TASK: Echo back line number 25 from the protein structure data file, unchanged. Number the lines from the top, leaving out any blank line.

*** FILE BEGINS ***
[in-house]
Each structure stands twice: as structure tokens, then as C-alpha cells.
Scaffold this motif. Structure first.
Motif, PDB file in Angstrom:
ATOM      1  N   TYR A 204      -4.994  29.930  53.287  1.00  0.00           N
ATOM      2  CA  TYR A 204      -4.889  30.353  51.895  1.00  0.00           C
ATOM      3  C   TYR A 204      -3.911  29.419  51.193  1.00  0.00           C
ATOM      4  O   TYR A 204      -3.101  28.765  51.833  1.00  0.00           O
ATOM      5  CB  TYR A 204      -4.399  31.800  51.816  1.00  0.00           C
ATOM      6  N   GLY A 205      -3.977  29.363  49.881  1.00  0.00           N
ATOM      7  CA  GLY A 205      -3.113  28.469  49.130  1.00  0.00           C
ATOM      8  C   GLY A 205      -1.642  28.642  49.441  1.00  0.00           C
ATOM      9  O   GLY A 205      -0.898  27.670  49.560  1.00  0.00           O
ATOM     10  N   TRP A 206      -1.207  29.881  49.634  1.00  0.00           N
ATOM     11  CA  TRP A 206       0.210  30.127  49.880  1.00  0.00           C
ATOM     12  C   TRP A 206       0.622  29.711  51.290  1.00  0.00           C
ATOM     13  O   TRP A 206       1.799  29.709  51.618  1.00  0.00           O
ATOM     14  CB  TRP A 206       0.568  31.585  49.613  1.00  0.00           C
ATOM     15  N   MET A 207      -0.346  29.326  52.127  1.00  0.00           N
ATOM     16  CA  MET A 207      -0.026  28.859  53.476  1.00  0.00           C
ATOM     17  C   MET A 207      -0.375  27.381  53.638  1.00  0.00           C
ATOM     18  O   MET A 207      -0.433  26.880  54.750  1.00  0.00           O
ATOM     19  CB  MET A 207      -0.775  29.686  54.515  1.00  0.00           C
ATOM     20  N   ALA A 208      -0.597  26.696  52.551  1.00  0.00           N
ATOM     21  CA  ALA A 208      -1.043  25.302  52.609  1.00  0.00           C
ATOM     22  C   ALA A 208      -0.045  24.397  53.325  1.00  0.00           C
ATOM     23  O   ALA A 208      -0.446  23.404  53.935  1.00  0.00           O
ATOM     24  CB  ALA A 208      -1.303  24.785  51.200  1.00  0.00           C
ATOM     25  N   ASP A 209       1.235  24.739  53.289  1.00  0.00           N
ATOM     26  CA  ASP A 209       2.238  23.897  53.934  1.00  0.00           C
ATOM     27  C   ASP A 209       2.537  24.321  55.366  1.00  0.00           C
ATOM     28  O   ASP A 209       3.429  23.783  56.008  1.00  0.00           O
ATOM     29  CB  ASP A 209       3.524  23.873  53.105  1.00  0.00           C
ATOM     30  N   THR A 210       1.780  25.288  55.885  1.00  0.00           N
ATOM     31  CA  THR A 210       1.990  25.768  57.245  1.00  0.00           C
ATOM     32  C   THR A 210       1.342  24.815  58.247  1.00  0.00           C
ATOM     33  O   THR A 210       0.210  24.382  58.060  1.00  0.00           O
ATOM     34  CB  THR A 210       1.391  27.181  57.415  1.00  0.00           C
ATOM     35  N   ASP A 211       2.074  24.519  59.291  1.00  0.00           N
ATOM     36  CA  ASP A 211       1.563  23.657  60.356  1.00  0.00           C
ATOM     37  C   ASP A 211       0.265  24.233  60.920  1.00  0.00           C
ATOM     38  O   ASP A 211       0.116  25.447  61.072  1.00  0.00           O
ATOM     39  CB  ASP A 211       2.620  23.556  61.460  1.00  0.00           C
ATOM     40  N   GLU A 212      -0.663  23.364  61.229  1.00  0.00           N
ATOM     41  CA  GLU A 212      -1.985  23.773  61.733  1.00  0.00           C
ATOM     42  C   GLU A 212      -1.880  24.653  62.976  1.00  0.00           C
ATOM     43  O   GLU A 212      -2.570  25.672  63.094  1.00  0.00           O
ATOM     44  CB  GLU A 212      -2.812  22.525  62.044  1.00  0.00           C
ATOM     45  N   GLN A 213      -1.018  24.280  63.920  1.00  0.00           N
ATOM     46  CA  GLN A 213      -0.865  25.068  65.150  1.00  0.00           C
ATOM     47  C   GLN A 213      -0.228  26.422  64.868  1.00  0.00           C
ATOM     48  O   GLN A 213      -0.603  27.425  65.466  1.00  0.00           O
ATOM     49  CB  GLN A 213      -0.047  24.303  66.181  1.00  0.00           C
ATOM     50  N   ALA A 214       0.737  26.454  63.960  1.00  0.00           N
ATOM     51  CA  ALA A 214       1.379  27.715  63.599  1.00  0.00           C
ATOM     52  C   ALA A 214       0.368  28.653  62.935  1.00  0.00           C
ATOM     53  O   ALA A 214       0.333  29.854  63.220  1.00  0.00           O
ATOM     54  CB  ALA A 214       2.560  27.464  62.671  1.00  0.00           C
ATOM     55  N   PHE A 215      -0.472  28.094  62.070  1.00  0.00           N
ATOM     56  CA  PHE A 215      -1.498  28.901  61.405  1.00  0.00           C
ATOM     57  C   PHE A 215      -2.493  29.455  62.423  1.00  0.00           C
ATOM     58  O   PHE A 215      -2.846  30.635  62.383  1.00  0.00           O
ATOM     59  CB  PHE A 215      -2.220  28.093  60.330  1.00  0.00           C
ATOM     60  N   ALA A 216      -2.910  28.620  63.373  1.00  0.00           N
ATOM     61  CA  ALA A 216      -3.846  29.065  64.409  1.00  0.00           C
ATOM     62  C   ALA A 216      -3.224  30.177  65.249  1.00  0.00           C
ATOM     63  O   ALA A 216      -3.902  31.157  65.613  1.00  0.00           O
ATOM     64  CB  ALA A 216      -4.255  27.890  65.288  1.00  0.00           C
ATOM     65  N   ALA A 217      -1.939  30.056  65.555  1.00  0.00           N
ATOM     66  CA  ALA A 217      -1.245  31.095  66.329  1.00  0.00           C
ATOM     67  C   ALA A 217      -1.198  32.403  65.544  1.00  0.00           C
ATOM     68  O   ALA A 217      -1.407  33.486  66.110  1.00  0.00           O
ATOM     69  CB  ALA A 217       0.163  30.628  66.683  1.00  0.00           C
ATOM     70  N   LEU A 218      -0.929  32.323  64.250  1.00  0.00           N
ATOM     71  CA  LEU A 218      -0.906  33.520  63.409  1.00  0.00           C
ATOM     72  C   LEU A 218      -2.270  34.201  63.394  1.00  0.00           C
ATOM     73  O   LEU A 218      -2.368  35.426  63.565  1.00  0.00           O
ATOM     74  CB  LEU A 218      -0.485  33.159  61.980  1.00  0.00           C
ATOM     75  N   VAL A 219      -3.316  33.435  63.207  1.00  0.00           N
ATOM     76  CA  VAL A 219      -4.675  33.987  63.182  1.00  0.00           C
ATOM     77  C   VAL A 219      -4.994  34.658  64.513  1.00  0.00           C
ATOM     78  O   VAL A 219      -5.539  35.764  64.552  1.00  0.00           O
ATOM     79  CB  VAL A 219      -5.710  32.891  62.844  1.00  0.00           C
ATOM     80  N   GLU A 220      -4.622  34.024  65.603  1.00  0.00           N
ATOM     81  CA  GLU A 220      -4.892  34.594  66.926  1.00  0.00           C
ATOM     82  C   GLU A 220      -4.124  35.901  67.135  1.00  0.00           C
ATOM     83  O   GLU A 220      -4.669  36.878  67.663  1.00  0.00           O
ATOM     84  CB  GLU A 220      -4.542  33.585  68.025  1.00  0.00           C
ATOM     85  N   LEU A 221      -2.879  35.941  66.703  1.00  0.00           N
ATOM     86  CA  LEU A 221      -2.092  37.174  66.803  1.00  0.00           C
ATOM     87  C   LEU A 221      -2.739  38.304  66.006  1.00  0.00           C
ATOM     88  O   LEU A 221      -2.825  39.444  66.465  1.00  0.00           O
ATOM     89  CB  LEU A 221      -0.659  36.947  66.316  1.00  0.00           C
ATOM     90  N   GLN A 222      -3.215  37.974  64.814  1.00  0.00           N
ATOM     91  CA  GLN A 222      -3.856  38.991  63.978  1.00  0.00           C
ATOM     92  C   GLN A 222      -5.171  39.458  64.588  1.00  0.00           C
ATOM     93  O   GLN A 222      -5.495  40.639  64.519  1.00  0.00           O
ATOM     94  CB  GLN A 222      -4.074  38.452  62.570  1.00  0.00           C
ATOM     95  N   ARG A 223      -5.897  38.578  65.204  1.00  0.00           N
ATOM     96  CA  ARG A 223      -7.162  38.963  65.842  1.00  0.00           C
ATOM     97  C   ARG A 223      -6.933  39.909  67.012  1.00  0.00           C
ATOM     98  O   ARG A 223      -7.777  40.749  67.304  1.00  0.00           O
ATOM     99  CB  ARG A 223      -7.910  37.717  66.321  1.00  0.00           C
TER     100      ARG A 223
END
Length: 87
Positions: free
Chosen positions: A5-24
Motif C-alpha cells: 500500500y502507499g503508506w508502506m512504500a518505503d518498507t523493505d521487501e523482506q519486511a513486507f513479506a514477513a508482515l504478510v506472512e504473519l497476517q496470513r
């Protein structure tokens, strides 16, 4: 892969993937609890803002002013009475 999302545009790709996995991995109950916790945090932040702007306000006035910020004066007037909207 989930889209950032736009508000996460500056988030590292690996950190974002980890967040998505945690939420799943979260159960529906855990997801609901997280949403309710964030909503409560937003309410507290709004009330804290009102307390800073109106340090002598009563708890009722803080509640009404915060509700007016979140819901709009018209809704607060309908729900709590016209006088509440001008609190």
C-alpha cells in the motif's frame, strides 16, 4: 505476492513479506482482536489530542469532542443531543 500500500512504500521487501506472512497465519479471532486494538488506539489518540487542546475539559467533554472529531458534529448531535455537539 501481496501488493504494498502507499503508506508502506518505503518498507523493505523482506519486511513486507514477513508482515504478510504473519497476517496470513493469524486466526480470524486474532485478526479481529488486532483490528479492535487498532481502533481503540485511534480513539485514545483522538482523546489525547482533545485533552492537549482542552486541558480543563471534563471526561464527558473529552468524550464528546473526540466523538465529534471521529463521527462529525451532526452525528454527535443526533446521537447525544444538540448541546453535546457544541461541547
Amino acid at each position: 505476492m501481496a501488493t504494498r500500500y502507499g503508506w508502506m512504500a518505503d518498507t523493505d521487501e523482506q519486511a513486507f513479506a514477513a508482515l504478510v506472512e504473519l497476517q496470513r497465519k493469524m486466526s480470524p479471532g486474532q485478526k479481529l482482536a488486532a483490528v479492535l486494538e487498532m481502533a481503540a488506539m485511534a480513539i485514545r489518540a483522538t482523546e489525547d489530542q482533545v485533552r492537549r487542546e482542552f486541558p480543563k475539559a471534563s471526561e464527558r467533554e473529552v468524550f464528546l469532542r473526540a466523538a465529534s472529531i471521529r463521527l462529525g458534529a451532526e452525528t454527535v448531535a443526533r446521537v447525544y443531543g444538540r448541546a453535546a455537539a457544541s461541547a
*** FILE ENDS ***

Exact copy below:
ATOM     21  CA  ALA A 208      -1.043  25.302  52.609  1.00  0.00           C